Eight young female bodies are lying in a tent, breathing in unison and protecting the rifles under their mattresses, waiting for the next mission. Their nightmares during the night and the daydreams of army’s everyday life are experienced together.
They learn to survive, they salute their dead comrades, and also learn that the mattresses belonging to soldiers who commited suicide will be thrown away. Still the eight young soldiers will be among the martyrs who fell for their country. Again and again the soldiers circle the multiple possibility of their own death. What dies in a person when they operate the trigger of a loaded gun? When does the dispossession of your own body begin?
Memories of childhood weave themselves into the spiral-shaped experience of the loss of self: when the father drummed on the steering wheel as the small family drove through the country safely in a camper van: »And the family is carried in this camper as in a belly of an animal that runs through a burning land. Why does the animal run towards the fire?«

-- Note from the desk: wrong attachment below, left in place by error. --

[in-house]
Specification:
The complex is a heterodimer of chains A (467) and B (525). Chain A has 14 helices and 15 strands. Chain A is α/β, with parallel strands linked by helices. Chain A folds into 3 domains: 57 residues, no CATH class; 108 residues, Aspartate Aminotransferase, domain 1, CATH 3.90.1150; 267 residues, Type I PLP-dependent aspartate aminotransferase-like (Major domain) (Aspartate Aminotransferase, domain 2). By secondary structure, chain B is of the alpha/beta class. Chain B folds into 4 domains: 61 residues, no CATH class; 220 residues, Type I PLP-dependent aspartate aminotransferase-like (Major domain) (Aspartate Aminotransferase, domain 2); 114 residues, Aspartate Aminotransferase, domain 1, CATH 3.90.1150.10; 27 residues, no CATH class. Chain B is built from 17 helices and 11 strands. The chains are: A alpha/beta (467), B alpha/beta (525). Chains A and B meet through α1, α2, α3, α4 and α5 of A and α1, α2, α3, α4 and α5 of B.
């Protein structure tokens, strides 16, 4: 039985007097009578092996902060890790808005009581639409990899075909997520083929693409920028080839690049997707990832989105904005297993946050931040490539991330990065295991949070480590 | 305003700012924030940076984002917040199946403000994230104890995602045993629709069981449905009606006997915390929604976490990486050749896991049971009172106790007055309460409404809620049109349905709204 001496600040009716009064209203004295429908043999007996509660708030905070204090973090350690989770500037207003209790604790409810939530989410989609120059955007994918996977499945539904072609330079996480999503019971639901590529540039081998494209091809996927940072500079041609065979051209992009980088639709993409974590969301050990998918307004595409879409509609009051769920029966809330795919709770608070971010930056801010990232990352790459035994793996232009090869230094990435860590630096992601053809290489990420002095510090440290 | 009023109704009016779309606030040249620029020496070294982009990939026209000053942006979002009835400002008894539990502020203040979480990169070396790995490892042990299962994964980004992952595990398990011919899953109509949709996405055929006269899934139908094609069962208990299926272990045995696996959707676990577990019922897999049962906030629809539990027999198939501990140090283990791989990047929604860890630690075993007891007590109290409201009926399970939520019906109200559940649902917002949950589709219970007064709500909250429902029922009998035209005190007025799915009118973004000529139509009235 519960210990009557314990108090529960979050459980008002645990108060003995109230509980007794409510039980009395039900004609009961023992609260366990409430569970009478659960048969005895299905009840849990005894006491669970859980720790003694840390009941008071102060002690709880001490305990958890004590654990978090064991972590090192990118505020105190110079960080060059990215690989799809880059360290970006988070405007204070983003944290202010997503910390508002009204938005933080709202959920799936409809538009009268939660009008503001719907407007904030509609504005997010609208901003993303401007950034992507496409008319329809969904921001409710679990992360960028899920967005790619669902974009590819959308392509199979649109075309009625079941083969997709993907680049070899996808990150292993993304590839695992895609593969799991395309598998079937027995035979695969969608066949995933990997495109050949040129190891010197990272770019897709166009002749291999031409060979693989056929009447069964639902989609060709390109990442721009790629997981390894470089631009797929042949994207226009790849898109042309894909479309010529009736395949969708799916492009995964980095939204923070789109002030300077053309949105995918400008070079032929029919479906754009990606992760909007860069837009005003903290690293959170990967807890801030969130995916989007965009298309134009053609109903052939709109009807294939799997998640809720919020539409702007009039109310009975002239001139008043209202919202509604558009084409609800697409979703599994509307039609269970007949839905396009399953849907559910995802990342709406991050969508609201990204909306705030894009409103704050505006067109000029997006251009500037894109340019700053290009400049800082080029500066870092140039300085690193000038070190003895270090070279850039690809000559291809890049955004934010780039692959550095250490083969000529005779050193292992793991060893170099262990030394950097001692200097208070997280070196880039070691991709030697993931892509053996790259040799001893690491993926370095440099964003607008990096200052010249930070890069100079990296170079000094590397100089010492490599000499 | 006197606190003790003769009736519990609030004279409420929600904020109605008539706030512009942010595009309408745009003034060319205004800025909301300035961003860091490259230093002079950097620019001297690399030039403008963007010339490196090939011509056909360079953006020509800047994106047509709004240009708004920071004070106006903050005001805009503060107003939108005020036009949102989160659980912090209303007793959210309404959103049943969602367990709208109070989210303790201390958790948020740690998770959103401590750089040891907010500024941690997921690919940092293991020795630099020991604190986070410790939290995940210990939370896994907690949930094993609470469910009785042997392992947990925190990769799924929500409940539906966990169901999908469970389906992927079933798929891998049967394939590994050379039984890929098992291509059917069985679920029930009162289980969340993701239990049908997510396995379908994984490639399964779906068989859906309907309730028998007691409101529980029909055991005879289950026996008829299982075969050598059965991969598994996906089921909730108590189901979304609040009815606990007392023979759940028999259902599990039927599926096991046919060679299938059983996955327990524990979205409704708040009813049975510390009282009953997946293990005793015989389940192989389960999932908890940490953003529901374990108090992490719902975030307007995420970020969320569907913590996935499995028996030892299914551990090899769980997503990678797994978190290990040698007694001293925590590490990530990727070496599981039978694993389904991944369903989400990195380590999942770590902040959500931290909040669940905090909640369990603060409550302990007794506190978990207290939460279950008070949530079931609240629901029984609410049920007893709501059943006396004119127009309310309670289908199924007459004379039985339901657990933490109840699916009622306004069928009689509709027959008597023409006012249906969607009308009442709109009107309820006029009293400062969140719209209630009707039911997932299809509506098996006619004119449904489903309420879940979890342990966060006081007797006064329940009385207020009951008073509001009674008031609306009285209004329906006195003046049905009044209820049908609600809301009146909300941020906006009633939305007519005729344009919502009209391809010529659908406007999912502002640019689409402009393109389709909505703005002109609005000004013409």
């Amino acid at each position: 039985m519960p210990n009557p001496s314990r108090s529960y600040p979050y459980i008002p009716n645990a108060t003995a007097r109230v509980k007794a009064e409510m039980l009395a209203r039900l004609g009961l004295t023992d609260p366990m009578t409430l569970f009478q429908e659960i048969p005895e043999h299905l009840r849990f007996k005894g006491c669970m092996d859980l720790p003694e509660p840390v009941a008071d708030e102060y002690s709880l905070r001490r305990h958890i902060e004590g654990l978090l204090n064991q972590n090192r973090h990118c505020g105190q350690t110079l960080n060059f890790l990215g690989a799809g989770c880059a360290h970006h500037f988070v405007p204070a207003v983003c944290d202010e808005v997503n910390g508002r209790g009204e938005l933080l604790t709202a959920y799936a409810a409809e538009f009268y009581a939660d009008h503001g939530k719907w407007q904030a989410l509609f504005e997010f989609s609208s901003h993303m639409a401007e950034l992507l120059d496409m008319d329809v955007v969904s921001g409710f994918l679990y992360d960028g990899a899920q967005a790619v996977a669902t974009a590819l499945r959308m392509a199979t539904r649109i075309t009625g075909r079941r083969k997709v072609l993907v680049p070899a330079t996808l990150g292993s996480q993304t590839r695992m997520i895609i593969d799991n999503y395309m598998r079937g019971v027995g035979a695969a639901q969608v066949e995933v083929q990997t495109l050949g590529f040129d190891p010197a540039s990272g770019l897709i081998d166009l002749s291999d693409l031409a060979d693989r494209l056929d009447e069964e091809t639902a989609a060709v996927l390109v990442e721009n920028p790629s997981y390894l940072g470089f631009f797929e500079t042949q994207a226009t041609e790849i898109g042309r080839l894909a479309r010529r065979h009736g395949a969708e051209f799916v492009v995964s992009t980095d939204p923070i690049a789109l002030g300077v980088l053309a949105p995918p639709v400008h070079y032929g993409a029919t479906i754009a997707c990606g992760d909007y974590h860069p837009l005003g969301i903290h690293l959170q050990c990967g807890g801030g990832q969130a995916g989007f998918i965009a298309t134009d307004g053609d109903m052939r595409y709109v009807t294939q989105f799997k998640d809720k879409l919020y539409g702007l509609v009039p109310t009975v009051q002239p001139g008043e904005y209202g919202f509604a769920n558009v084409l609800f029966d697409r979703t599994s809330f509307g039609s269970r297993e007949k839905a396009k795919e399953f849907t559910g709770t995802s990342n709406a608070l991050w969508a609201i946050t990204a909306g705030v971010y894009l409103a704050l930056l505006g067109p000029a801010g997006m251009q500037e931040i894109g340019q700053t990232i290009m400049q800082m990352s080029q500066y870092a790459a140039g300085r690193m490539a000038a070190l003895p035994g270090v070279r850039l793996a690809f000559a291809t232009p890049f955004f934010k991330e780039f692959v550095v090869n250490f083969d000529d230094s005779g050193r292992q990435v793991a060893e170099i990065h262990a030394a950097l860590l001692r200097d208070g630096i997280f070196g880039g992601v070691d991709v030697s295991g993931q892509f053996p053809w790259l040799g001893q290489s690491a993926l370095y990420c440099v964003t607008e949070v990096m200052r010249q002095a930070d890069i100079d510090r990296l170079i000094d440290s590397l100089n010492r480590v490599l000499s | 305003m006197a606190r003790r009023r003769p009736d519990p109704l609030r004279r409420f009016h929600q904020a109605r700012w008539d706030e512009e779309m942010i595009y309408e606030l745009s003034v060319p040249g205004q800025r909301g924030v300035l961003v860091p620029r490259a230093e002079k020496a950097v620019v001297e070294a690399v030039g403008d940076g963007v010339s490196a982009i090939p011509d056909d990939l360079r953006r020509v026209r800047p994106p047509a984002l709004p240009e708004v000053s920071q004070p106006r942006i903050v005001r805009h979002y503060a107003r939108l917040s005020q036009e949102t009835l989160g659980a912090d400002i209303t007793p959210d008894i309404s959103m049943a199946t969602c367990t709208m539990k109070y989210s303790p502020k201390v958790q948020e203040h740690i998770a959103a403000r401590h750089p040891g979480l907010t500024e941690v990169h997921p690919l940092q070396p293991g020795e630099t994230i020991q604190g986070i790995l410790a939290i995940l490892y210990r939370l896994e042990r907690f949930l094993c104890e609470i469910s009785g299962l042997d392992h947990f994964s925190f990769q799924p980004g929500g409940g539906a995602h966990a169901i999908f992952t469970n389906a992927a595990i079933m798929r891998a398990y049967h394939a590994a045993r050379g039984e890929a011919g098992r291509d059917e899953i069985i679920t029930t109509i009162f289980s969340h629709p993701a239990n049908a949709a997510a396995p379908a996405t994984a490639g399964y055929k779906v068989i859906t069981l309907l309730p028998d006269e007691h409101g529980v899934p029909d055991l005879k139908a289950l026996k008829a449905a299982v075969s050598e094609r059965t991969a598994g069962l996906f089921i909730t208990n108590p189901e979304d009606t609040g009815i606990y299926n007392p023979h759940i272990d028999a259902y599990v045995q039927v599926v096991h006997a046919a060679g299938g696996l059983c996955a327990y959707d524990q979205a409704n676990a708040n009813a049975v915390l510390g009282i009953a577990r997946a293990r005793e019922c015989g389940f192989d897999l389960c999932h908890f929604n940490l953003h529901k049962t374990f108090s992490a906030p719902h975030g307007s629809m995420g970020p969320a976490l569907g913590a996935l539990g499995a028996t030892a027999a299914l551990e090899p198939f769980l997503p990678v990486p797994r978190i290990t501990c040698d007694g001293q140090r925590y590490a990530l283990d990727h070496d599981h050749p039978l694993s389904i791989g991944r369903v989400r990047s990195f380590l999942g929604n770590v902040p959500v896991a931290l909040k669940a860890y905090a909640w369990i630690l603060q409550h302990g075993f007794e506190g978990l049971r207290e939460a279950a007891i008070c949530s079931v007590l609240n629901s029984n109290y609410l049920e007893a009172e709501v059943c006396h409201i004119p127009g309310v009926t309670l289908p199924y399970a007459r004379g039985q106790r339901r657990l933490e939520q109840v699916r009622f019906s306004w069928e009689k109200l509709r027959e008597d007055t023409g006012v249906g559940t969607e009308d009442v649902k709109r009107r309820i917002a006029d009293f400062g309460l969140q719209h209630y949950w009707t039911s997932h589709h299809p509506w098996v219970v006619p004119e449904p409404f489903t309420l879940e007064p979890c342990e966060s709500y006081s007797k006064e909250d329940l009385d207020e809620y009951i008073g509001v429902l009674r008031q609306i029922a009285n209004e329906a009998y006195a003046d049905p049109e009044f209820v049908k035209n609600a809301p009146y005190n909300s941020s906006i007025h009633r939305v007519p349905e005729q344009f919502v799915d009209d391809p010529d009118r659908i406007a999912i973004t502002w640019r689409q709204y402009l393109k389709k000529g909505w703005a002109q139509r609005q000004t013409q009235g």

In the fourth part of her tetralogy, Let The Blood Come Out To Show Them, writer Sivan Ben Yishai holds a ceremony of memory. Which visible and invisible traces does serving the so-called fatherland leave in a person?
I wanted to ask,
I really wanted to ask,
who was the one who said:
»Honey, it’s just a dream, go back to sleep«,
and deported me back to my war.
Photo: Foto Esra Rotthoff